Huddersfield Art Gallery welcomes the return of one of the UK’s most prestigious art prizes: the 2023 Contemporary British Painting Prize.
Out of more than 1100 entrants, Rich Jellyman has been awarded this year’s prize, scooping £8,000 and securing membership to the Contemporary British Painting group. Jellyman’s works, including ‘Chicken (1)’ below, combine painting with internet culture. Taking memes, AI and video games as starting points, Jellyman’s most recent series of paintings explores AI-generated portraits.
The Contemporary British Painting Prize was launched in 2016 and is open to artists living and working in the UK, with all exhibitors receiving a £400 fee. Robbie Bushe received the Highly Commended award and its £2000 prize for his works depicting detailed, invented narratives, often set within ‘architectonic constructions’, celebrating the tropes of sci-fi film and TV.
And shortlisters Suzy Willey and Emma Tod are also currently exhibiting in the John Moores Painting Prize at Liverpool’s Walker Art Gallery. Willey’s paintings are deliciously substantial – cartoon stills and geometric patterns are intertwined, fitting satisfyingly together in thick licks of paint. And Tod’s beautiful layered glazes create a shallow field of depth, illuminated from within, as though you could reach in and feel a fog against your skin.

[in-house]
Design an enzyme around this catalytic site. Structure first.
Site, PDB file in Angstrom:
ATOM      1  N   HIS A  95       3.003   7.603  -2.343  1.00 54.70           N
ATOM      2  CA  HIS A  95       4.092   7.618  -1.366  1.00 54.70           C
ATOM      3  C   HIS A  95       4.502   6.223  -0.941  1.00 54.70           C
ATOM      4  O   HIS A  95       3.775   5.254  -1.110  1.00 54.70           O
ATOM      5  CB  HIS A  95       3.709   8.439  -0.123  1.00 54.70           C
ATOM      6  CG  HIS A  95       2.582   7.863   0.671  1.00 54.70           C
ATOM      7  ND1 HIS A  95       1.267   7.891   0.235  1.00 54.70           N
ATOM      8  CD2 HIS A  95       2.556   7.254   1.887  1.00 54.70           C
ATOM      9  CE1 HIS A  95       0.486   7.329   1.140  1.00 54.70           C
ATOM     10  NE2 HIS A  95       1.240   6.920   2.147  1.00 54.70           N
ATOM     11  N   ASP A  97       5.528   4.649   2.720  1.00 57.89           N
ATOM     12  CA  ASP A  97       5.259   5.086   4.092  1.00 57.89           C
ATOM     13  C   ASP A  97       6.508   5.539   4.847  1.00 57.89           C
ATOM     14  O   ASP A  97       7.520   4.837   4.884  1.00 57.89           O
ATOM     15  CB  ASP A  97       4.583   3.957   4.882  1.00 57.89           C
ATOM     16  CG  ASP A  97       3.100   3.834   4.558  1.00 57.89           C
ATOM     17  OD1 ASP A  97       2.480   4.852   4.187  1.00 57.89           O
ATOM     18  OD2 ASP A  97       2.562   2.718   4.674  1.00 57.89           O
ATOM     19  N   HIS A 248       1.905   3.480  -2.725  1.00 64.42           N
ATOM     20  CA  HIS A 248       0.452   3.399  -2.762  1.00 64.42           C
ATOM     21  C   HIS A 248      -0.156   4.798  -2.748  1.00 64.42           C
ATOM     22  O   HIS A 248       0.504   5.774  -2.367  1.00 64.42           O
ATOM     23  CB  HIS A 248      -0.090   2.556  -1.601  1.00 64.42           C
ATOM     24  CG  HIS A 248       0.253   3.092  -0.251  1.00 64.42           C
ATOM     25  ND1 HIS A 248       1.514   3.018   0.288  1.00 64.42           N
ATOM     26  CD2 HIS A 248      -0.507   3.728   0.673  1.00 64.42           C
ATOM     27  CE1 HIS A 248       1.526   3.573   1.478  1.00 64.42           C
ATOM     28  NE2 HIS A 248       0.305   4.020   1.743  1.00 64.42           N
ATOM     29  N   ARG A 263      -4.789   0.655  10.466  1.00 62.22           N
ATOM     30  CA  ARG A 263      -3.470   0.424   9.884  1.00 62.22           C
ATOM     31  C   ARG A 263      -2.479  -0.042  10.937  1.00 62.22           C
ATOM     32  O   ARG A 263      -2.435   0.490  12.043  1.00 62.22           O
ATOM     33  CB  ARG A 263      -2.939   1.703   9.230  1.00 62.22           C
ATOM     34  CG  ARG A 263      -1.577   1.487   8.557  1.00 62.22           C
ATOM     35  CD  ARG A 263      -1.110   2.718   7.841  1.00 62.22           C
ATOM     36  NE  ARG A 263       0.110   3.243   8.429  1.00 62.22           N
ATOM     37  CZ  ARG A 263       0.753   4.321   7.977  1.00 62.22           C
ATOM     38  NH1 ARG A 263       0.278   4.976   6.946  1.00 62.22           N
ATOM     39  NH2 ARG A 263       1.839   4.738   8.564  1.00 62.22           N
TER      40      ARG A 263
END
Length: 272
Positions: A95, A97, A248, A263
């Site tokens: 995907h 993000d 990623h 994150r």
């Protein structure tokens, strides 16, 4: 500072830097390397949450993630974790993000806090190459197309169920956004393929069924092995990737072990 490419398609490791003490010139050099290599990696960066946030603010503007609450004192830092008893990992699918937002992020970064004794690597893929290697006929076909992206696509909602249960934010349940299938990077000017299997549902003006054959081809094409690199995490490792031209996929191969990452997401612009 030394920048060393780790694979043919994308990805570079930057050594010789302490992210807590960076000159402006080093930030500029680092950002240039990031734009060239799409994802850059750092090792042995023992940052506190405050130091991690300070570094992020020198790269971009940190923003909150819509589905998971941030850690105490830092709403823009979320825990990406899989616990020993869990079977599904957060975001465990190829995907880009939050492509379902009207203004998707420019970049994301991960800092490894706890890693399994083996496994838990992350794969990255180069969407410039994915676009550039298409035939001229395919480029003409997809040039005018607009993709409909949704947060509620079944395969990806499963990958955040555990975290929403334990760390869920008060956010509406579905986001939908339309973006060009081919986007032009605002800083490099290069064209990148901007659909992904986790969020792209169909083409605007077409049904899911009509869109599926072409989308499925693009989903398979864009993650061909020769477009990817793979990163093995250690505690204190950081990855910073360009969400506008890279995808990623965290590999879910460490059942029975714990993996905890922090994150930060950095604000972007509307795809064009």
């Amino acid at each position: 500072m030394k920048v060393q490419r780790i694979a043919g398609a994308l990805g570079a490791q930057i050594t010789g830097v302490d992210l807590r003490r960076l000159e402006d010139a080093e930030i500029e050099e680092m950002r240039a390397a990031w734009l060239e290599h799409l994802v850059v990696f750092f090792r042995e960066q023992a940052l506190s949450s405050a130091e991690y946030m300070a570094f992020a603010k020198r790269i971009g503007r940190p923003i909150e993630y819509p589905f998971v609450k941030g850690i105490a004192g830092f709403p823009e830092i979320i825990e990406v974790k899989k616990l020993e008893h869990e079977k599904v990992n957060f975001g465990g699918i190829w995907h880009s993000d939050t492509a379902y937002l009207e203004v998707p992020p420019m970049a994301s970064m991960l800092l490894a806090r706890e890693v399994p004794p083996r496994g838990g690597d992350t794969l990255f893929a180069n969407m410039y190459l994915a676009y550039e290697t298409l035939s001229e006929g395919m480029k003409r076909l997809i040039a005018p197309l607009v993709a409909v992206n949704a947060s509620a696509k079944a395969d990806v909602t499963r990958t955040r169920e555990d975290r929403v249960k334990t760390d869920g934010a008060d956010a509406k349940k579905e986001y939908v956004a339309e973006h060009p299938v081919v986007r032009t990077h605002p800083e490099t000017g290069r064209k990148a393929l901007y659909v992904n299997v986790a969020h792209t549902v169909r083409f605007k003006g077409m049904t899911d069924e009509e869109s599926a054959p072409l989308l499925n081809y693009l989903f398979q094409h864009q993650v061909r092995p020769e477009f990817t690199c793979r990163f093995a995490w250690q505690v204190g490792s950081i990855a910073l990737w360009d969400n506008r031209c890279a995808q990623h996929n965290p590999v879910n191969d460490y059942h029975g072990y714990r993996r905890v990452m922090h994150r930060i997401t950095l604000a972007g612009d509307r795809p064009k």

Founded in 2013 by painters Robert Priseman and Simon Carter, Contemporary British Painting is an artist-led organisation that platforms current trends in painting with exhibitions, talks and publications. Three works by each of the 16 shortlisted artists will be on display until 11 November at Unit 7, Huddersfield Art Gallery’s temporary home, when the exhibition tours down to London’s Thames-Side Gallery.